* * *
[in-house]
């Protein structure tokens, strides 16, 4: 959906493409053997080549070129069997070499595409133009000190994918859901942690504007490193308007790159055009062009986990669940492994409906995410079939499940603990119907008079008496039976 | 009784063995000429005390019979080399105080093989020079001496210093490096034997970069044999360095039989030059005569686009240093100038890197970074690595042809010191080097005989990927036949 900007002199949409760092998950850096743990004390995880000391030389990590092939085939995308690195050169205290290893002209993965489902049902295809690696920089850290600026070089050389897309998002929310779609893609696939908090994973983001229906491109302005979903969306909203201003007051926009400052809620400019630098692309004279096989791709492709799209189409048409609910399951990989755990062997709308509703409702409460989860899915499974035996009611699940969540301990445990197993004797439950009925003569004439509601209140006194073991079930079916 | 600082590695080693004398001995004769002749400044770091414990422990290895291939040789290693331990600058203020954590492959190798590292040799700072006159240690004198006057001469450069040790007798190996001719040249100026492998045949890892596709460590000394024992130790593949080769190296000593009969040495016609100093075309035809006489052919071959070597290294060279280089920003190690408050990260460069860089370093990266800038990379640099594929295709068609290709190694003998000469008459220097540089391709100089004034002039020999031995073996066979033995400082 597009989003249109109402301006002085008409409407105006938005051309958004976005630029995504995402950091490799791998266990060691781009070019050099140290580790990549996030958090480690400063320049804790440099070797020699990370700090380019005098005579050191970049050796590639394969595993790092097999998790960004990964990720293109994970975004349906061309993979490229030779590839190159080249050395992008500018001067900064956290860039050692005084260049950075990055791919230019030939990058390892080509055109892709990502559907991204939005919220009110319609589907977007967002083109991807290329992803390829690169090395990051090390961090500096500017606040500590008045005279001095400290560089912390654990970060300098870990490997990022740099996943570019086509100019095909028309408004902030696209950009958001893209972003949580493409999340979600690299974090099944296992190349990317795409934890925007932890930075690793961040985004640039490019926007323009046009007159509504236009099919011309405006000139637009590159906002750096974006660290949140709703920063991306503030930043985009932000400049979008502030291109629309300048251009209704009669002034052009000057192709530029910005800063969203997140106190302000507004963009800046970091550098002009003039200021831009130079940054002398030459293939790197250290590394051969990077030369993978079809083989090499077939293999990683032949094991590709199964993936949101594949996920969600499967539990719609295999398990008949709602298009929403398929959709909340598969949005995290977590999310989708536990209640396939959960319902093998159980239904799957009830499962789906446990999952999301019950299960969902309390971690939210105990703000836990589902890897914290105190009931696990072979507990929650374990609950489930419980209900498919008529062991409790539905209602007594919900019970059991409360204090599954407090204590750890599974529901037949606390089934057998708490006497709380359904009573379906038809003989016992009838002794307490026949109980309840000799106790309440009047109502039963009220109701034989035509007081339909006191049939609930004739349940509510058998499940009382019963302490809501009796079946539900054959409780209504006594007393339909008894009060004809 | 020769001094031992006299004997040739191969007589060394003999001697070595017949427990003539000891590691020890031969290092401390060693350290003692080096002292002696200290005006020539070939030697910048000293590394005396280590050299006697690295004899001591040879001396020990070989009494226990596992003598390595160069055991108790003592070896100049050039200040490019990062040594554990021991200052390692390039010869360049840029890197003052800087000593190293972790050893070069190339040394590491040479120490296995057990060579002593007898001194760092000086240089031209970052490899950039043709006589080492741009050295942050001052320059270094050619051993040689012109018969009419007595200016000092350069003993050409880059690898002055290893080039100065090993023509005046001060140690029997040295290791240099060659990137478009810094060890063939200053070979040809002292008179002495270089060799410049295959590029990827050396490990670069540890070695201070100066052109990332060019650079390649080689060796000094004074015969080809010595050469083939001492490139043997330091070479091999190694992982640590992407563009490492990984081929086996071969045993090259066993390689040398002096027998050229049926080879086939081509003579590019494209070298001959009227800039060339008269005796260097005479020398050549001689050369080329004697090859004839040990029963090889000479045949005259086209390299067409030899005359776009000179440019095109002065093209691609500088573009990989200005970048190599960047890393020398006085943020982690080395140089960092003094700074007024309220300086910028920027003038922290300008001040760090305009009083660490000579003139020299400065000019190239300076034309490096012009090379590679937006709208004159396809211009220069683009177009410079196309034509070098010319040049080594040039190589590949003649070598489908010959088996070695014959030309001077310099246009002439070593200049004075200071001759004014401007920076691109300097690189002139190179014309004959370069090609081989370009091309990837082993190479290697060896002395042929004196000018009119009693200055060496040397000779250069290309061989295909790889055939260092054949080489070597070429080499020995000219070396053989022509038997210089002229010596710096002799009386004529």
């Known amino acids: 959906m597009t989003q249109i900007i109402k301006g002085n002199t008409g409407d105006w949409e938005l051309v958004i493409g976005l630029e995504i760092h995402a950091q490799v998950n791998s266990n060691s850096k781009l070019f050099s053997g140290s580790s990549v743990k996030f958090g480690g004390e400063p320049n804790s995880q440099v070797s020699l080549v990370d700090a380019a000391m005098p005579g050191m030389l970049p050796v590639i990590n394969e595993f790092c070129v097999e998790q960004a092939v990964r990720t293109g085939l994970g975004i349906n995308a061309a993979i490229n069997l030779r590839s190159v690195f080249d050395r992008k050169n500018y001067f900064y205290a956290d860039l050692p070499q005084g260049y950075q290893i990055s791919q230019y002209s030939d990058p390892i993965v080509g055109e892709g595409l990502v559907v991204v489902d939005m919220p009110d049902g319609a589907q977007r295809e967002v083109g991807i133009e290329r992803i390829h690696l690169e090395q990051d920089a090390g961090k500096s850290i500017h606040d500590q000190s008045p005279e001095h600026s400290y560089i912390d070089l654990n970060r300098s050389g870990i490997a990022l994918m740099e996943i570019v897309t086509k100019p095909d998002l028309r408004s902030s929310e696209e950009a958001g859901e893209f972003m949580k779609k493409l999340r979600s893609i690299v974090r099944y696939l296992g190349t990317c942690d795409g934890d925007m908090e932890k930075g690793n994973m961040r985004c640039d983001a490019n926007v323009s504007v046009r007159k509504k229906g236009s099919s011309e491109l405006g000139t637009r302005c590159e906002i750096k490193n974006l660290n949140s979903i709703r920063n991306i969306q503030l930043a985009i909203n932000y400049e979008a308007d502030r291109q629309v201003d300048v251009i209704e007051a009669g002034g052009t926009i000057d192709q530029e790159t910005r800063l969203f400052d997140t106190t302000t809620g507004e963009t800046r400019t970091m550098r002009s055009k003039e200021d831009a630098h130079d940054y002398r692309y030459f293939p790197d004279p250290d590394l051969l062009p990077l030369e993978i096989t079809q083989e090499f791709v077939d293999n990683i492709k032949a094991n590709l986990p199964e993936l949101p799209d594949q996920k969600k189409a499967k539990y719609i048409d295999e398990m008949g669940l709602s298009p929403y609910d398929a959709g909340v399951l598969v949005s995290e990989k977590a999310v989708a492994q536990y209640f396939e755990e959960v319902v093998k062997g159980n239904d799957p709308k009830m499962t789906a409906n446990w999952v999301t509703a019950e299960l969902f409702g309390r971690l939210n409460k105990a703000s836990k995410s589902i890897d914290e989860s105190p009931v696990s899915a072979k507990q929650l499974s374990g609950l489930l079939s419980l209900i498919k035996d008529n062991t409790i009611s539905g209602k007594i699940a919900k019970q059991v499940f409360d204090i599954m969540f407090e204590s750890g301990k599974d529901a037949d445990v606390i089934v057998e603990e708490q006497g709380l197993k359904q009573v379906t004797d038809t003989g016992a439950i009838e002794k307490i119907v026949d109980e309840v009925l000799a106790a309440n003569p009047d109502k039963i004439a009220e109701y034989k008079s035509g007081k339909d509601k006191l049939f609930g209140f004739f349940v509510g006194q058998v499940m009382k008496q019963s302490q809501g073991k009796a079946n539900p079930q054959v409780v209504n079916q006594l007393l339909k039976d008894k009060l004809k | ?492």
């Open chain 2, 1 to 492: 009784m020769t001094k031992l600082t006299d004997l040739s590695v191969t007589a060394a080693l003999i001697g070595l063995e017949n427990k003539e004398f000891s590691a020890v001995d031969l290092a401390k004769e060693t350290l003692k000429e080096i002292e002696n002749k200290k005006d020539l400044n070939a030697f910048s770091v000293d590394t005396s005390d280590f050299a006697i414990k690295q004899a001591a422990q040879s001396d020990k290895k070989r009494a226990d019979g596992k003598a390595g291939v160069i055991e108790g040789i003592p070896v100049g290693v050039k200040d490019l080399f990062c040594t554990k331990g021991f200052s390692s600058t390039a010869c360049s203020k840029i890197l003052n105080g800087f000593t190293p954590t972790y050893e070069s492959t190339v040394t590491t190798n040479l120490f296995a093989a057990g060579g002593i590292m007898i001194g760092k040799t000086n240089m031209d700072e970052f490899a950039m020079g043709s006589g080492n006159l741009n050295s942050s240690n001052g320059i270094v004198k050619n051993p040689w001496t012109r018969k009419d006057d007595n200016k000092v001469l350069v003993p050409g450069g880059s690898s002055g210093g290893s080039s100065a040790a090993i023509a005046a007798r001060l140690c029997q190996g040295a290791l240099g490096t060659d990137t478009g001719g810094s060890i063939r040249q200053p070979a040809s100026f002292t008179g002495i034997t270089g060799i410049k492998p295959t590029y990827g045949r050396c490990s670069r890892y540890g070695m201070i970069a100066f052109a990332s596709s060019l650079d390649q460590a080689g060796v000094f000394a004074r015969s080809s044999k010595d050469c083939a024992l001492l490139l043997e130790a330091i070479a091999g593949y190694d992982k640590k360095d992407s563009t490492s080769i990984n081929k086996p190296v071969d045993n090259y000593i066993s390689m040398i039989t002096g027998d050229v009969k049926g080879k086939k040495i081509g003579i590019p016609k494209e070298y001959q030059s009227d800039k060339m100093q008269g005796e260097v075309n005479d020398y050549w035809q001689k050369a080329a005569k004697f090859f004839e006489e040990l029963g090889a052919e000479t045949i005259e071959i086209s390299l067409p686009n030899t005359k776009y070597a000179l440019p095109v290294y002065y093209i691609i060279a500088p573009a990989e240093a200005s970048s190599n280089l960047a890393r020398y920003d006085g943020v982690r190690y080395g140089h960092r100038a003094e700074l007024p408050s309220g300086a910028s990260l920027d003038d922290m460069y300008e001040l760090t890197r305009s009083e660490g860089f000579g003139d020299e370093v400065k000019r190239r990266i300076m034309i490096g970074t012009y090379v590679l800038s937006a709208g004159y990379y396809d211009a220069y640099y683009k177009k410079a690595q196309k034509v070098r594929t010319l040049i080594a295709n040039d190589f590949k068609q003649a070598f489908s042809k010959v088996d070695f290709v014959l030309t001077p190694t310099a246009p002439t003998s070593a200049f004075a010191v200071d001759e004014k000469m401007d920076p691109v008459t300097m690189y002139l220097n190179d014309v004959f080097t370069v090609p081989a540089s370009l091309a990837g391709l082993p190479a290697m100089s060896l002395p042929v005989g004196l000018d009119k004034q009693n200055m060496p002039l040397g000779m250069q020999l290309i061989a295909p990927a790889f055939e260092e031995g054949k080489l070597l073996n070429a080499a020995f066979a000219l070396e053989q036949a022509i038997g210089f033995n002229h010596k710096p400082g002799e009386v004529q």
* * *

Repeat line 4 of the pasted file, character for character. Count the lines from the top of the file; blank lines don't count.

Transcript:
């Open chain 2, 1 to 492: 009784m020769t001094k031992l600082t006299d004997l040739s590695v191969t007589a060394a080693l003999i001697g070595l063995e017949n427990k003539e004398f000891s590691a020890v001995d031969l290092a401390k004769e060693t350290l003692k000429e080096i002292e002696n002749k200290k005006d020539l400044n070939a030697f910048s770091v000293d590394t005396s005390d280590f050299a006697i414990k690295q004899a001591a422990q040879s001396d020990k290895k070989r009494a226990d019979g596992k003598a390595g291939v160069i055991e108790g040789i003592p070896v100049g290693v050039k200040d490019l080399f990062c040594t554990k331990g021991f200052s390692s600058t390039a010869c360049s203020k840029i890197l003052n105080g800087f000593t190293p954590t972790y050893e070069s492959t190339v040394t590491t190798n040479l120490f296995a093989a057990g060579g002593i590292m007898i001194g760092k040799t000086n240089m031209d700072e970052f490899a950039m020079g043709s006589g080492n006159l741009n050295s942050s240690n001052g320059i270094v004198k050619n051993p040689w001496t012109r018969k009419d006057d007595n200016k000092v001469l350069v003993p050409g450069g880059s690898s002055g210093g290893s080039s100065a040790a090993i023509a005046a007798r001060l140690c029997q190996g040295a290791l240099g490096t060659d990137t478009g001719g810094s060890i063939r040249q200053p070979a040809s100026f002292t008179g002495i034997t270089g060799i410049k492998p295959t590029y990827g045949r050396c490990s670069r890892y540890g070695m201070i970069a100066f052109a990332s596709s060019l650079d390649q460590a080689g060796v000094f000394a004074r015969s080809s044999k010595d050469c083939a024992l001492l490139l043997e130790a330091i070479a091999g593949y190694d992982k640590k360095d992407s563009t490492s080769i990984n081929k086996p190296v071969d045993n090259y000593i066993s390689m040398i039989t002096g027998d050229v009969k049926g080879k086939k040495i081509g003579i590019p016609k494209e070298y001959q030059s009227d800039k060339m100093q008269g005796e260097v075309n005479d020398y050549w035809q001689k050369a080329a005569k004697f090859f004839e006489e040990l029963g090889a052919e000479t045949i005259e071959i086209s390299l067409p686009n030899t005359k776009y070597a000179l440019p095109v290294y002065y093209i691609i060279a500088p573009a990989e240093a200005s970048s190599n280089l960047a890393r020398y920003d006085g943020v982690r190690y080395g140089h960092r100038a003094e700074l007024p408050s309220g300086a910028s990260l920027d003038d922290m460069y300008e001040l760090t890197r305009s009083e660490g860089f000579g003139d020299e370093v400065k000019r190239r990266i300076m034309i490096g970074t012009y090379v590679l800038s937006a709208g004159y990379y396809d211009a220069y640099y683009k177009k410079a690595q196309k034509v070098r594929t010319l040049i080594a295709n040039d190589f590949k068609q003649a070598f489908s042809k010959v088996d070695f290709v014959l030309t001077p190694t310099a246009p002439t003998s070593a200049f004075a010191v200071d001759e004014k000469m401007d920076p691109v008459t300097m690189y002139l220097n190179d014309v004959f080097t370069v090609p081989a540089s370009l091309a990837g391709l082993p190479a290697m100089s060896l002395p042929v005989g004196l000018d009119k004034q009693n200055m060496p002039l040397g000779m250069q020999l290309i061989a295909p990927a790889f055939e260092e031995g054949k080489l070597l073996n070429a080499a020995f066979a000219l070396e053989q036949a022509i038997g210089f033995n002229h010596k710096p400082g002799e009386v004529q």